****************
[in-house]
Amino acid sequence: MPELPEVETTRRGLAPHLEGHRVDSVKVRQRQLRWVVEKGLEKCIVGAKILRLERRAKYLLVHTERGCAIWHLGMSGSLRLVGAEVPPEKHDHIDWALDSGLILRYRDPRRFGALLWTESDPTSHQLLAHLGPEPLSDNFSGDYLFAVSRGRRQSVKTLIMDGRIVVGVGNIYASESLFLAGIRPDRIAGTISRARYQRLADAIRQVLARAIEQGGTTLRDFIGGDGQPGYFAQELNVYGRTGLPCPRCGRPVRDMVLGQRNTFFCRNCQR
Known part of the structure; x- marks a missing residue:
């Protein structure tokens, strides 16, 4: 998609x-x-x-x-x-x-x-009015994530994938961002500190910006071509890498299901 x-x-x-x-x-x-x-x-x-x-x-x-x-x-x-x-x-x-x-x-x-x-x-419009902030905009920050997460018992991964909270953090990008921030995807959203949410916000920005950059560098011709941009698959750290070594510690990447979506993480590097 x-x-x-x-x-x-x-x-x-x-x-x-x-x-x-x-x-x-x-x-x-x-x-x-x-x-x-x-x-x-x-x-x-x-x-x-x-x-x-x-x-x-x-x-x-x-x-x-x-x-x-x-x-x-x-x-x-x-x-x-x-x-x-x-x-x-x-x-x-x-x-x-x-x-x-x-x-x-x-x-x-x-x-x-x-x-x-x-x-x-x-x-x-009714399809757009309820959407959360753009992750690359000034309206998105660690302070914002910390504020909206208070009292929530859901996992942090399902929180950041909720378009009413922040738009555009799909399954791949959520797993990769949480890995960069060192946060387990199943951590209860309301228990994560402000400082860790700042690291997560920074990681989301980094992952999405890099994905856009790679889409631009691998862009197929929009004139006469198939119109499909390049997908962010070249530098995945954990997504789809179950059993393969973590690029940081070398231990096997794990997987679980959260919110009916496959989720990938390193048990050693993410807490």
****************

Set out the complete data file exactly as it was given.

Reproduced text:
[in-house]
Amino acid sequence: MPELPEVETTRRGLAPHLEGHRVDSVKVRQRQLRWVVEKGLEKCIVGAKILRLERRAKYLLVHTERGCAIWHLGMSGSLRLVGAEVPPEKHDHIDWALDSGLILRYRDPRRFGALLWTESDPTSHQLLAHLGPEPLSDNFSGDYLFAVSRGRRQSVKTLIMDGRIVVGVGNIYASESLFLAGIRPDRIAGTISRARYQRLADAIRQVLARAIEQGGTTLRDFIGGDGQPGYFAQELNVYGRTGLPCPRCGRPVRDMVLGQRNTFFCRNCQR
Known part of the structure; x- marks a missing residue:
């Protein structure tokens, strides 16, 4: 998609x-x-x-x-x-x-x-009015994530994938961002500190910006071509890498299901 x-x-x-x-x-x-x-x-x-x-x-x-x-x-x-x-x-x-x-x-x-x-x-419009902030905009920050997460018992991964909270953090990008921030995807959203949410916000920005950059560098011709941009698959750290070594510690990447979506993480590097 x-x-x-x-x-x-x-x-x-x-x-x-x-x-x-x-x-x-x-x-x-x-x-x-x-x-x-x-x-x-x-x-x-x-x-x-x-x-x-x-x-x-x-x-x-x-x-x-x-x-x-x-x-x-x-x-x-x-x-x-x-x-x-x-x-x-x-x-x-x-x-x-x-x-x-x-x-x-x-x-x-x-x-x-x-x-x-x-x-x-x-x-x-009714399809757009309820959407959360753009992750690359000034309206998105660690302070914002910390504020909206208070009292929530859901996992942090399902929180950041909720378009009413922040738009555009799909399954791949959520797993990769949480890995960069060192946060387990199943951590209860309301228990994560402000400082860790700042690291997560920074990681989301980094992952999405890099994905856009790679889409631009691998862009197929929009004139006469198939119109499909390049997908962010070249530098995945954990997504789809179950059993393969973590690029940081070398231990096997794990997987679980959260919110009916496959989720990938390193048990050693993410807490």